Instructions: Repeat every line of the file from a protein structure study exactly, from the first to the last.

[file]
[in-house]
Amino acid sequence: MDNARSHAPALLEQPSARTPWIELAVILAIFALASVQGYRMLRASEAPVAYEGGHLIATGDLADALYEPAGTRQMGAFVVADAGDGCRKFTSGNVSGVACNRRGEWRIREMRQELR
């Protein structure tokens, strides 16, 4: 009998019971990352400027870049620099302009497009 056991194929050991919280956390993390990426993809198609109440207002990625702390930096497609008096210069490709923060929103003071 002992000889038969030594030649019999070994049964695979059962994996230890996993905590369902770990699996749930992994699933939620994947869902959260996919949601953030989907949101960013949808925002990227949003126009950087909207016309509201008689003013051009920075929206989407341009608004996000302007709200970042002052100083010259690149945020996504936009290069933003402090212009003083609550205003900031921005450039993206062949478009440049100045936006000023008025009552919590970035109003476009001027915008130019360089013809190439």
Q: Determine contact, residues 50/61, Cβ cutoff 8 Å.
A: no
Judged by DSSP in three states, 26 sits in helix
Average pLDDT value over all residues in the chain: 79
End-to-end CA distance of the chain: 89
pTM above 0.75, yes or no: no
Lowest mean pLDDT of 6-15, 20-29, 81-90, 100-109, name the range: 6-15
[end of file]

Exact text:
[in-house]
Amino acid sequence: MDNARSHAPALLEQPSARTPWIELAVILAIFALASVQGYRMLRASEAPVAYEGGHLIATGDLADALYEPAGTRQMGAFVVADAGDGCRKFTSGNVSGVACNRRGEWRIREMRQELR
């Protein structure tokens, strides 16, 4: 009998019971990352400027870049620099302009497009 056991194929050991919280956390993390990426993809198609109440207002990625702390930096497609008096210069490709923060929103003071 002992000889038969030594030649019999070994049964695979059962994996230890996993905590369902770990699996749930992994699933939620994947869902959260996919949601953030989907949101960013949808925002990227949003126009950087909207016309509201008689003013051009920075929206989407341009608004996000302007709200970042002052100083010259690149945020996504936009290069933003402090212009003083609550205003900031921005450039993206062949478009440049100045936006000023008025009552919590970035109003476009001027915008130019360089013809190439």
Q: Determine contact, residues 50/61, Cβ cutoff 8 Å.
A: no
Judged by DSSP in three states, 26 sits in helix
Average pLDDT value over all residues in the chain: 79
End-to-end CA distance of the chain: 89
pTM above 0.75, yes or no: no
Lowest mean pLDDT of 6-15, 20-29, 81-90, 100-109, name the range: 6-15